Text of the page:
Clicker Training for Rabbits: A Comprehensive Guide

Clicker training, a popular method used to train dogs and other animals, is also an effective way to train house rabbits. This positive reinforcement technique can enhance the bond between you and your rabbit while teaching them new behaviors and tricks. Here’s a comprehensive guide to get you started with clicker training for rabbits.

Understanding the Underlying Principals of Clicker Training

Clicker training is based on the scientific principle of operant conditioning, which uses rewards to reinforce desired behaviors. The clicker, a small handheld device that makes a distinct clicking sound, serves as a consistent marker to signal to your rabbit that they have performed the correct action and will receive a reward. The key to any clicker training is clicking at the exact moment they perform a desired behavior, followed by a quick treat. Rabbits quickly associate the click with the reward. Once a behavior is learned, it’s named with a voice or hand command, and the clicker is gradually used less. Treats continue to be important for reinforcement.

Benefits of Clicker Training for House Rabbits

Clicker training goes beyond teaching tricks; it has numerous benefits for both rabbits and their owners:

  • Enhances Communication: Clicker training helps you communicate more effectively with your rabbit, strengthening your bond.
  • Mental Stimulation: Learning new commands and tricks provides valuable mental stimulation for your rabbit, keeping them engaged and happy.
  • Behavior Correction: This training method can also be used to discourage undesirable behaviors positively and constructively.

Getting Started

  1. Choose the Right Clicker: Select a clicker with a sound that is gentle enough not to startle your rabbit. Begin with the clicker in your pocket or behind your back or in some other way that helps to muffle the click.The goal is to get their attention, not to frighten them.
  2. Introducing the Clicker: Begin by associating the clicker sound with positive experiences. Click and immediately offer a treat. Repeat this process several times until your rabbit starts to associate the clicking sound with receiving a reward.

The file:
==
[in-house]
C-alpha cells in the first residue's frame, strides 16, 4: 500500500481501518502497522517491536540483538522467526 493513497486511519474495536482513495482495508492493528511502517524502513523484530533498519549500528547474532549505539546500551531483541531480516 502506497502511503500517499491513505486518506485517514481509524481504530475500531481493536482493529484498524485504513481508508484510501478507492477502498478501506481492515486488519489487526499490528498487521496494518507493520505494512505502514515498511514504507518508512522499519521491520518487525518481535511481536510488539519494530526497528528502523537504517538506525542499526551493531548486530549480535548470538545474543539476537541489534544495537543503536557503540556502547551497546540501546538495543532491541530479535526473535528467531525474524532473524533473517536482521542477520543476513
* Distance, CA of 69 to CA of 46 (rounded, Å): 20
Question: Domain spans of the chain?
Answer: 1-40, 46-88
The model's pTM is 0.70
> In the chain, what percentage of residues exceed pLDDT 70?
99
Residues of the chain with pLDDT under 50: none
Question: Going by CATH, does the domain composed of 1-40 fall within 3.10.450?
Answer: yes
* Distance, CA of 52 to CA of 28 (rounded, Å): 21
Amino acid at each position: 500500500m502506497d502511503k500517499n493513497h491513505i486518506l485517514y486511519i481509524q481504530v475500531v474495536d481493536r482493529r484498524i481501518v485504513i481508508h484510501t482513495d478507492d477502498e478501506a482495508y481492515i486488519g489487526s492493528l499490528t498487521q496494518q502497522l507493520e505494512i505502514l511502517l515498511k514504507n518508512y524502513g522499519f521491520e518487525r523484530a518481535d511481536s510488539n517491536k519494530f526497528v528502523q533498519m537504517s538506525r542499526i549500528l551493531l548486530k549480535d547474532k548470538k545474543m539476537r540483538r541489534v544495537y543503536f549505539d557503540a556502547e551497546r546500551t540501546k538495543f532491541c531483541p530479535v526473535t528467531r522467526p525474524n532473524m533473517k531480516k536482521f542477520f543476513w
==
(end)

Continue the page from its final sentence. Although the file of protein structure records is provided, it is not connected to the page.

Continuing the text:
3. Reward Basic Natural Behaviors: Once your bunny links the clicker to rewards, simply wait for them to perform a desired action, then click to mark the behavior, signaling a treat is coming. The behavior must be the rabbit’s choice, not forced. Utilize their natural behaviors, like standing on hind legs to look about, to encourage actions you want. Click and treat the moment they perform such actions. The precise timing is crucial for your rabbit to make the connection between the behavior, the click, and the reward.

Adding A Cue

  1. Start by giving the cue just as the rabbit begins to do the behavior: cue at behavior, then click and reward. Make sure the bunny has this pattern down before moving to the next transitional phase.
  2. Next, give the cue a bit earlier, just before he does the behavior or “trick”. From this point on, only click and treat if your bunny does the behavior after being cued. Do not click and treat if he offers the behavior without being prompted. Make sure the bunny has mastered this pattern before moving to the final phase.
  3. Finally, cue your bunny at random times to request the behavior. It’s important that the times be random and not just when he was about to offer up the behavior.

If, at any point, your bunny gets tired, upset, or distracted, it’s time to stop. When you stop, don’t forget to give him a treat to show appreciation for his effort. Don’t forget: It takes time and patience to clicker train your bunny. There needs to be lots of positive reinforcement along the way.

Basic Teachable Behaviors

Triangle Rabbits suggests “Targeting” and “Stand Up” are two good basic behaviors to begin with Triangle Rabbits materials are based on the work of Bob Betts.